We perform experimental research to reveal the underlying mechanisms of the intramolecular and intermolecular flow of charge and energy that drive chemical reactions and molecular transformations. We focus on the development and application of experimental techniques that monitor isomerization dynamics, charge- and energy-transfer, initiated by photons and low energy electrons. The research is supported by the Office of Basic Energy Sciences in the Office of Science of the U.S. Department of Energy.
Time-resolved particle momentum imaging using Cold Target Recoil Ion Momenum Imaging (COLTRIMS) and Velocity Map Imaging (VMI) with tabletop extreme ultraviolet (XUV) lasers
By measuring electrons and ions in coincidence with few femtosecond time resolved pump-probe schemes, one can follow the transitions of excited states on their PESs to reveal non-Born Oppenheimer behavior. We target small molecules in experiments on dissociative photoionization of excited states using femtosecond 2-color VUV and XUV pulses.
Ultrafast transient polarization spectroscopy (UTPS) to probe dynamics of molecules in excited electronic states.
Multidimensional nonlinear spectroscopies are powerful approaches to extract a high level of detail on reaction dynamics, even when the photoabsorption or photoelectron spectra are highly congested. With the aims of accessing extended timescales, from ultrafast to microseconds, these approaches allow the nonlinear response, and the correlated electronic and nuclear motion, of a system to be monitored on femtosecond timescales throughout a reaction path. These new experimental tools will be applied to gases, liquids and interfacial systems to probe the transient nonlinear response and electronic coherences by homodyne and heterodyne detection. When applied to XUV or soft x-ray drive and probe pulses, near or just below a core-to-valence resonance transition energy, UTPS will yield atomic site-specific information, over extended timescales.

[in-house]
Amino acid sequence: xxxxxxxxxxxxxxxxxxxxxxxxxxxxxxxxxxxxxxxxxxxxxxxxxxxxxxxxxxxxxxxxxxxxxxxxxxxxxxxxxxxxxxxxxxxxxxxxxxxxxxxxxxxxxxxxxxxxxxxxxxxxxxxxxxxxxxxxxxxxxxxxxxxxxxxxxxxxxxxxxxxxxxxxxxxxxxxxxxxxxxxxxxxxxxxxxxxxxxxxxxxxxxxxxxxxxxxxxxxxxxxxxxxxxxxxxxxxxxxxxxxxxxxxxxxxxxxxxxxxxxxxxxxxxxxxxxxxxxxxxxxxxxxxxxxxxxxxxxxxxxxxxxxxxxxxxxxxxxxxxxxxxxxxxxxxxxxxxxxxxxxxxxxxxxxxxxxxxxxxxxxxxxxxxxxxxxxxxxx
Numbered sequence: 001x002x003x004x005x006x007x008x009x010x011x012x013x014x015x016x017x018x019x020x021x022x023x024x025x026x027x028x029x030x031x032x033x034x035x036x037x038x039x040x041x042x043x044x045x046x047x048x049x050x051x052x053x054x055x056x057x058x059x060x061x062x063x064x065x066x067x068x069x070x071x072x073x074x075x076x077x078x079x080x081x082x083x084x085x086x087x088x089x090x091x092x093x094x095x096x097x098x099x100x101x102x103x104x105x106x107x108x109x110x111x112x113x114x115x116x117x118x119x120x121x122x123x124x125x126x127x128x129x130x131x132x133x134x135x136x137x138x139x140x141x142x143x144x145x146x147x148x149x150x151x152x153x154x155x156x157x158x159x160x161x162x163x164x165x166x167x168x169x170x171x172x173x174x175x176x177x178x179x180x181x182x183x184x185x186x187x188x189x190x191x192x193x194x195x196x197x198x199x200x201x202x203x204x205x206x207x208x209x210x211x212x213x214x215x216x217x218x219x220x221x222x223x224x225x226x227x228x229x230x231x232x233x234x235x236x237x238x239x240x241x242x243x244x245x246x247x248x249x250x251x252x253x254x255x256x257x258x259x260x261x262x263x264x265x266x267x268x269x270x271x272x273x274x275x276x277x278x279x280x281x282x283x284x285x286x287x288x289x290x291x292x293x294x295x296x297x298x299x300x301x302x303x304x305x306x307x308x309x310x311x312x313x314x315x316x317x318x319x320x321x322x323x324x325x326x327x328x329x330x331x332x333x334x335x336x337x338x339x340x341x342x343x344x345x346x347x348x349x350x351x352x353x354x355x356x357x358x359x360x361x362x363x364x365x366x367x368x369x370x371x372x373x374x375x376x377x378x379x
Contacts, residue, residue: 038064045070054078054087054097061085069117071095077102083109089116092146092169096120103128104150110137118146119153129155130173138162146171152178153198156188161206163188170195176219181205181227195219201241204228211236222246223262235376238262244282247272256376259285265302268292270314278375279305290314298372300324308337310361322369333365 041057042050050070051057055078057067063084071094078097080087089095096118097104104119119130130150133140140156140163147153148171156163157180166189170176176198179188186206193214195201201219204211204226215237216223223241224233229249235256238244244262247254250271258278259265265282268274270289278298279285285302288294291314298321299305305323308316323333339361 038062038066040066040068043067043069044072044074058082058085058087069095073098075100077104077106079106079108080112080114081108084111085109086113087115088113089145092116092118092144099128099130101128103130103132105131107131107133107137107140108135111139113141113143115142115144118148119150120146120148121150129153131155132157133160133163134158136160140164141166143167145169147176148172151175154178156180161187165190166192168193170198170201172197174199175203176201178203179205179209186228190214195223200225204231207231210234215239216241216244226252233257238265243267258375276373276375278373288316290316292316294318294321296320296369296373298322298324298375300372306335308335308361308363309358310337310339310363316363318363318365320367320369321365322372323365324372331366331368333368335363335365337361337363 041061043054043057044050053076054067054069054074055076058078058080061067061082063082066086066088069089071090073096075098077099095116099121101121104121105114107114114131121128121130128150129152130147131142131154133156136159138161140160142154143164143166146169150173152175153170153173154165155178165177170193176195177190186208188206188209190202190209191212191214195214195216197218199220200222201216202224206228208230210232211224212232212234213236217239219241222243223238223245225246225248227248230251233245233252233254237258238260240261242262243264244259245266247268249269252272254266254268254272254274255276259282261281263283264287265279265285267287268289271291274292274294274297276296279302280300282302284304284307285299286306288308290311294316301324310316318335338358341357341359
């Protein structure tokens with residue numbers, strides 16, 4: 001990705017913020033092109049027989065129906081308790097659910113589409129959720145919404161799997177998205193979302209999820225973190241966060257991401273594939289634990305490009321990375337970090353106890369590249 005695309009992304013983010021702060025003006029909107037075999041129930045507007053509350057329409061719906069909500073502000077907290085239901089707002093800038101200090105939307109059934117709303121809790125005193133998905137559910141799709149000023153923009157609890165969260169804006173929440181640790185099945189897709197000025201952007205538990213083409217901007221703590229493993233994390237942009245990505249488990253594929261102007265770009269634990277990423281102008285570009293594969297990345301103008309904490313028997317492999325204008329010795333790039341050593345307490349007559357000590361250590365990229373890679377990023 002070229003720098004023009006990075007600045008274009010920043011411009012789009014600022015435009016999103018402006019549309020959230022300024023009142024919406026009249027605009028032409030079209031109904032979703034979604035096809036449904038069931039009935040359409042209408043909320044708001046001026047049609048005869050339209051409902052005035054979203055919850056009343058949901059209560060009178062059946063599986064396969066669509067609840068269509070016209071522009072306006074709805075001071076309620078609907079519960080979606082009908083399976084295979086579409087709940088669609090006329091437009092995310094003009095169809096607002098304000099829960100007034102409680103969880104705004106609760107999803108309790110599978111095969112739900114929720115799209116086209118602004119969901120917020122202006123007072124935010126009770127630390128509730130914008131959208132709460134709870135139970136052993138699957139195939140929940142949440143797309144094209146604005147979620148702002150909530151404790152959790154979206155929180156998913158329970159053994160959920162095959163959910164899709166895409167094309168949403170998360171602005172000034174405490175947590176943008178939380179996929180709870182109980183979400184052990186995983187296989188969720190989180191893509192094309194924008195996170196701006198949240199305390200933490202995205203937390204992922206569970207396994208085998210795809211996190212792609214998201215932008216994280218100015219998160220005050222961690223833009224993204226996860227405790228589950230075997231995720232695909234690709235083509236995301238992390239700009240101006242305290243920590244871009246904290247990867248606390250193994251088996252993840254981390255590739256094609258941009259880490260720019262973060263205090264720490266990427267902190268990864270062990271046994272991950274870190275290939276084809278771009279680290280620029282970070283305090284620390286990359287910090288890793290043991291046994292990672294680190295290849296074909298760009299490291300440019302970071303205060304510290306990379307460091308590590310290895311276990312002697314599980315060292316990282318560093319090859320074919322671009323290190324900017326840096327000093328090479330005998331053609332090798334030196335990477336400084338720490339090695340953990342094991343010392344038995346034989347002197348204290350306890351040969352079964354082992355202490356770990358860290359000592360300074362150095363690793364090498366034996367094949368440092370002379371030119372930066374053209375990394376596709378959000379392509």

Dynamics of dissociative electron attachment Fundamental understanding of electron driven chemistry of simple organic molecules is crucial for accurate models for radiation-induced chemistry in organic systems, atmospheric chemistry, and physical and chemical processes in the interstellar medium. Targeted fundamental studies of dissociative electron attachment (DEA) dynamics are investigated in a highly collaborative effort between specialists in experiment and theory. Detailed, highly differential momentum imaging of small systems, such as formic acid monomer, methanol, and formamide, maximize the overlap between the LBNL experimental and theory groups to interpret dynamics from momentum imaging using anion electronic structure calculations and the angular dependence of dissociation through electron attachment entrance amplitudes.
Dr Daniel S. Slaughter is a Staff Scientist in the Chemical Sciences Division at Lawrence Berkeley National Laboratory (2014-present). He earned his B. Sc. with Honours (Physics) in 2001 at Flinders University (Adelaide, Australia), and his Ph. D. (Physics, 2007) also at Flinders University. He gained postdoctoral experience at the Australian National University (2007-2010) and at Lawrence Berkeley National Laboratory (2010-2014).